Explanation

The user connected to port portname has been disconnected due to inactivity.

The line was idle for a period longer than configured using the AutoDisconnect parameter in the Registry.

The user has connected and failed to authenticate on port portname. The line has been disconnected.

The user supplied an incorrect username, password, or both. The number of failed authentications before access is denied and the line is dropped depends on the value of the AuthenticateRetries parameter in the Registry.

The user connected to port portname has been disconnected due to authentication timeout.

Authentication took longer than the value set for timing out. You might need to increase the value of the AuthenticateTime parameter. See "Remote Access Parameters" in Appendix A, "RAS Registry Values."

The user connected to port portname has been disconnected because of a transport-level error during the authentication conversation.

Too many errors occurred during the authentication conversation, possibly because of noisy lines or incompatible modems. Ask the user to try connecting with a lower initial speed.

The user connected to port portname has been disconnected because the port could not be projected onto the network.

Most likely the user's computer name already exists on the network. Ask the user to configure the remote computer with a different computer name or to make sure the computer is not already connected to the network through another means, such as the Ethernet or token ring.

Note If the Remote Access Service fails to start, check Event Viewer for a description of the error that occurred. For information about using Event Viewer, see Windows NT Server Concepts and Planning. After you find the error, look it up in the online error messages Help file on the Windows NT Server Resource Kit CD, and take the recommended corrective action.

Client Problems

Because client problems usually stem from improper hardware or software configuration on the computer, first check the error message and audit logs for clues. If this doesn't help, see "Answers to Common Questions" in the Remote Access online Help.

RAS-Specific Logs

To enable two RAS-specific logs (the PPP log and the device log), change parameters in the Registry. These logs are text files and can be viewed in any text editor or at the command prompt. They cannot be viewed using Event Viewer.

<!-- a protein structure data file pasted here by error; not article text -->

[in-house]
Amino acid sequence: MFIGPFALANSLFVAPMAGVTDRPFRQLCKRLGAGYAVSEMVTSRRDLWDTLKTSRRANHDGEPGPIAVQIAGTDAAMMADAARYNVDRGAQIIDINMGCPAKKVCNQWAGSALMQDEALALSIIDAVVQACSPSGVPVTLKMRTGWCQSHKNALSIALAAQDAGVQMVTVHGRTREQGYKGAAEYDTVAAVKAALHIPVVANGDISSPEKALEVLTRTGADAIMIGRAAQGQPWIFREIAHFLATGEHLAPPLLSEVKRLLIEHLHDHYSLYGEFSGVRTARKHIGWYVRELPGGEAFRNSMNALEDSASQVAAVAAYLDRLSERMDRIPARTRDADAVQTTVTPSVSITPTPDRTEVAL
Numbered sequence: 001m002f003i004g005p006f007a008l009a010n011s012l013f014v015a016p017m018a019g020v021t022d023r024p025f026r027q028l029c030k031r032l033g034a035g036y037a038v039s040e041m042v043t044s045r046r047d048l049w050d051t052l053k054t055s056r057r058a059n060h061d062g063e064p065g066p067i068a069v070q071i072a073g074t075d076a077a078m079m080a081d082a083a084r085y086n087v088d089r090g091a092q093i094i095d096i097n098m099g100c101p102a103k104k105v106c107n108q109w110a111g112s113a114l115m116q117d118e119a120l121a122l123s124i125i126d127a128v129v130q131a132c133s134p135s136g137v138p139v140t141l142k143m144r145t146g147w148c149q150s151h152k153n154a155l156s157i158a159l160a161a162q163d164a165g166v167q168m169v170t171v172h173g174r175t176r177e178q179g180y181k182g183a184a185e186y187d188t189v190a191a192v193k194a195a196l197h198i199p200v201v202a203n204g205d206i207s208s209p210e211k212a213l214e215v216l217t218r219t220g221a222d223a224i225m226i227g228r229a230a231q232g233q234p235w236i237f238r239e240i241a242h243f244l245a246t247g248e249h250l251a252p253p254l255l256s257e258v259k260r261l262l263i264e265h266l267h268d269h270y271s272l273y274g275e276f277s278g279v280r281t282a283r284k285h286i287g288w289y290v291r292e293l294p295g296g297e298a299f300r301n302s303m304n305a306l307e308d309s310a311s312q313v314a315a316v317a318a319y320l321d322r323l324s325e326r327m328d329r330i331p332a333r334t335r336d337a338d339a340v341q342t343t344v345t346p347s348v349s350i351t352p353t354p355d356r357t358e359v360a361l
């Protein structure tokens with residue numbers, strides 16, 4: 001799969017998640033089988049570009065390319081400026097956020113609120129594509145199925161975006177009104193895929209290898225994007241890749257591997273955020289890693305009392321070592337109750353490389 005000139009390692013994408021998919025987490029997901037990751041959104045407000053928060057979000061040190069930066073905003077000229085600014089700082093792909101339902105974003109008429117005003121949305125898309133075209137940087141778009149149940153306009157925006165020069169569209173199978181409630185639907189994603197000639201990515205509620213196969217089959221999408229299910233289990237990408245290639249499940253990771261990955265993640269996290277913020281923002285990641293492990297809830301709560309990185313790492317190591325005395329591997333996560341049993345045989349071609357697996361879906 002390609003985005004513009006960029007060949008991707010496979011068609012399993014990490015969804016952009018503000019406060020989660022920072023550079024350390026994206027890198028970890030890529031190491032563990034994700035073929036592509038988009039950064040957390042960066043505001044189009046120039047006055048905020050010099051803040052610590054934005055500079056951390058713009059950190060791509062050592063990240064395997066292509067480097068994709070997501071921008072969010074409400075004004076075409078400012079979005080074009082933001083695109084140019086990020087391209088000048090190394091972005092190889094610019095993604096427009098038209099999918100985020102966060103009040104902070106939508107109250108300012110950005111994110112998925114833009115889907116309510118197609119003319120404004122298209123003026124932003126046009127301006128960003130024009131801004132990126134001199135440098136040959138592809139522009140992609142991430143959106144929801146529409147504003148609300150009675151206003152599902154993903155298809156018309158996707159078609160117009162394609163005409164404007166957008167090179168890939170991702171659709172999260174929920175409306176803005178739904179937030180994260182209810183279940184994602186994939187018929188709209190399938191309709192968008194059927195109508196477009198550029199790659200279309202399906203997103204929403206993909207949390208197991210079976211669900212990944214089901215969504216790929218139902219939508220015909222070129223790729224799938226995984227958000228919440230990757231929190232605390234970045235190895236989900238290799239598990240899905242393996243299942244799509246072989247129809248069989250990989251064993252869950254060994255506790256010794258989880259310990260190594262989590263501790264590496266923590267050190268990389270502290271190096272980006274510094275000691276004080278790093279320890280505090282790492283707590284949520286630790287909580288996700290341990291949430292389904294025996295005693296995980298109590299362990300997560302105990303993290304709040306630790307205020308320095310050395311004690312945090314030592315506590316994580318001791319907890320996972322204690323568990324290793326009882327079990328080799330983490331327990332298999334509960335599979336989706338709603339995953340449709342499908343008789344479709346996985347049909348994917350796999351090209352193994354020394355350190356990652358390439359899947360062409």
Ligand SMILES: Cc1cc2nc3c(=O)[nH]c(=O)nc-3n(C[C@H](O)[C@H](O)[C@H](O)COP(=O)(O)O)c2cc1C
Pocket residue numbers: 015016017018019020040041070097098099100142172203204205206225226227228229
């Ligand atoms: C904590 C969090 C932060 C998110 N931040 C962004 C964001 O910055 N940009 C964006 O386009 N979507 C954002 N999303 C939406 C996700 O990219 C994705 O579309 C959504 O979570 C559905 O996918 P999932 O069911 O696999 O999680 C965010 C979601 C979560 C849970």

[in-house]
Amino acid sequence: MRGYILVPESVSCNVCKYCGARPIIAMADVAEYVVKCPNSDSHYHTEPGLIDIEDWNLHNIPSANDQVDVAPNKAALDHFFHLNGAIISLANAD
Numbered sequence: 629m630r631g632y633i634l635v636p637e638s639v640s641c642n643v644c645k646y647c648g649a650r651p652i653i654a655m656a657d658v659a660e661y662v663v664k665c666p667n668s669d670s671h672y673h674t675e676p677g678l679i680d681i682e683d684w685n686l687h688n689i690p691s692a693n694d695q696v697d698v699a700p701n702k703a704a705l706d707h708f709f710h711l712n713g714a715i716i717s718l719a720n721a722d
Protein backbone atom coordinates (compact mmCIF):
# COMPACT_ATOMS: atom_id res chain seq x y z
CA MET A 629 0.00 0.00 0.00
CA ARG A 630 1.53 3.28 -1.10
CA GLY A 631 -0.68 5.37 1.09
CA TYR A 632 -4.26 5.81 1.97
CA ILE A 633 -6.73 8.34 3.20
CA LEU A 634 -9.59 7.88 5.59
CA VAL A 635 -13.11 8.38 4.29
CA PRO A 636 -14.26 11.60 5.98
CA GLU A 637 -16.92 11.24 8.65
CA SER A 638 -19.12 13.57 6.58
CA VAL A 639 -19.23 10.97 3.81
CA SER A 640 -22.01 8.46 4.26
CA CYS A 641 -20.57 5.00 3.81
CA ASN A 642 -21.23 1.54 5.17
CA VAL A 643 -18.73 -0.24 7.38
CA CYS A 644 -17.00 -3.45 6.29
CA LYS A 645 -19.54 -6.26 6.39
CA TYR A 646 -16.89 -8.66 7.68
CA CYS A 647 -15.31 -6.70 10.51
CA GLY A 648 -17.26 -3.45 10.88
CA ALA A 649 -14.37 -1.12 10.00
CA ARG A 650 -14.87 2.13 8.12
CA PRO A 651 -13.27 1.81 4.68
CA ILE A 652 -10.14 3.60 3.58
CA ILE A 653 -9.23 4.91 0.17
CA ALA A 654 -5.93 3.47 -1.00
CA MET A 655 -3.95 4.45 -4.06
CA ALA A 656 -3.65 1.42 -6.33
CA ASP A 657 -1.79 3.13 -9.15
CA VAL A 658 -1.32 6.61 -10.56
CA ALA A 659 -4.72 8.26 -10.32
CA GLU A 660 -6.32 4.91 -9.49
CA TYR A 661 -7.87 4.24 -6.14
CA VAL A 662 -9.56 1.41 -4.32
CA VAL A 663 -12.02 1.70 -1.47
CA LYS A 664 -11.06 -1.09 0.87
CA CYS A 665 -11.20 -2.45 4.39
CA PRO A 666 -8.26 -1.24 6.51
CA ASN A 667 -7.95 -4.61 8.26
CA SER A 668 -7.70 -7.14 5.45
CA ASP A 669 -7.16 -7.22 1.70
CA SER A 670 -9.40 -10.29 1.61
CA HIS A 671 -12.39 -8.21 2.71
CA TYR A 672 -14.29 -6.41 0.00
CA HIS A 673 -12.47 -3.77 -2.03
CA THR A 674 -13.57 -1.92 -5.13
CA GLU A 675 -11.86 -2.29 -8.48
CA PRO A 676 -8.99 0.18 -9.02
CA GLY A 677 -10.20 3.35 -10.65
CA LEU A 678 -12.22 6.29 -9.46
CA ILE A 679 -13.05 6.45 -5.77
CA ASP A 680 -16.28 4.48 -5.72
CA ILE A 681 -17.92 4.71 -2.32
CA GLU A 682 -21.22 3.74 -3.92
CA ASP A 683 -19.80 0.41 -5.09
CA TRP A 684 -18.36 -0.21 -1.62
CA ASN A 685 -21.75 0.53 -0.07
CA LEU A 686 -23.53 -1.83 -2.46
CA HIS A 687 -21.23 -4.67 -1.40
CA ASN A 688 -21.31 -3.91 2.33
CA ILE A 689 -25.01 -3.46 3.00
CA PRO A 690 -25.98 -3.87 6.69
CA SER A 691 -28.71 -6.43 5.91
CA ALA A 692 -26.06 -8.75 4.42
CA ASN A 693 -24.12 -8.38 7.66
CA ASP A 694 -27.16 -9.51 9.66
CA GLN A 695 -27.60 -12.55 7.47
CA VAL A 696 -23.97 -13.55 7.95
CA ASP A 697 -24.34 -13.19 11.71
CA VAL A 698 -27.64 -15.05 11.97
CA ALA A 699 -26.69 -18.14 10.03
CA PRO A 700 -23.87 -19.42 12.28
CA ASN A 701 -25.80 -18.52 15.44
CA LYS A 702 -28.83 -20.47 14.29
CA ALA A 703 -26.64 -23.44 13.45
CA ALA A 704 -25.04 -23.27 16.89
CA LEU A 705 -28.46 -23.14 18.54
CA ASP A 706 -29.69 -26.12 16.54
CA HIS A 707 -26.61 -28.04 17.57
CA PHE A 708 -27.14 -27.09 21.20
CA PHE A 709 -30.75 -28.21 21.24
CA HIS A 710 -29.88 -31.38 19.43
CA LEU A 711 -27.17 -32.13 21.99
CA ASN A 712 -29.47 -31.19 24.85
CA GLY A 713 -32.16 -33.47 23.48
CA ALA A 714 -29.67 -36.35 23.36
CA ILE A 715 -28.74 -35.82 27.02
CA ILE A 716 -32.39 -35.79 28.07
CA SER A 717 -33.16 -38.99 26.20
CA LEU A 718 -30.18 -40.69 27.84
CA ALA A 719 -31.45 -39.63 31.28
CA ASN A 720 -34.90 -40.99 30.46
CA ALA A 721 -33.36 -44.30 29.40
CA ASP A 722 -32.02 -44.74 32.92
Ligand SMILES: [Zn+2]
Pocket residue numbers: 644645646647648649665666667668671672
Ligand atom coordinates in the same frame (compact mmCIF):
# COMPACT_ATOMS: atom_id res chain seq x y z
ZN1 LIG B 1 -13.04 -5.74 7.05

The PPP Log

When enabled, the PPP log records all PPP events in the file \systemroot\SYSTEM32\RAS\PPP.LOG. This log file can help you determine problems with PPP connections. To enable the PPP log, go to the following key and change the Logging parameter to 1:

HKEY_LOCAL_MACHINE \SYSTEM \CurrentControlSet \Services \RasMan \PPP
The Device Log

When enabled, the device log is created in the file \systemroot\SYSTEM32\RAS \DEVICE.LOG. The device log records all communication from serial ports to the device connected to them during command mode. Logging stops after successful connection to the device and after data is transmitted. To enable the device log, go to the following key and change the Logging parameter to 1:

HKEY_LOCAL_MACHINE \SYSTEM \CurrentControlSet \Services \RasMan \Parameters

For more information about enabling these logs, see Appendix A, "RAS Registry Values."

Status Reporting

The Dial-Up Networking Monitor (located in Control Panel) provides the status of a call, and allows you to see

  • the speed at which you connected 

  • the duration of the connection

  • the names of users connected to a RAS server 

  • protocols used during the connection 

  • which devices are part of a connection

You also use the Dial-Up Networking Monitor to hang-up active connections. If you have Multilink connections, you can hang up a specific device if you want to use it for another call.

By default, the Dial-Up Networking Monitor appears on the taskbar as you dial out. Use the Preferences tab to change the view and configure it to appear as window. The Dial-Up Networking Monitor displays lights to indicate traffic over dial-up lines: A button flashes blue when sending or receiving data, and a button flashes red when an error occurs.

Also, when Dial-Up Monitor is viewed as a window, you can configure it to show rows of lights for multiple devices. To do this, in the Preferences tab, click Lights.

For detailed information on the dialog box properties, see online Help.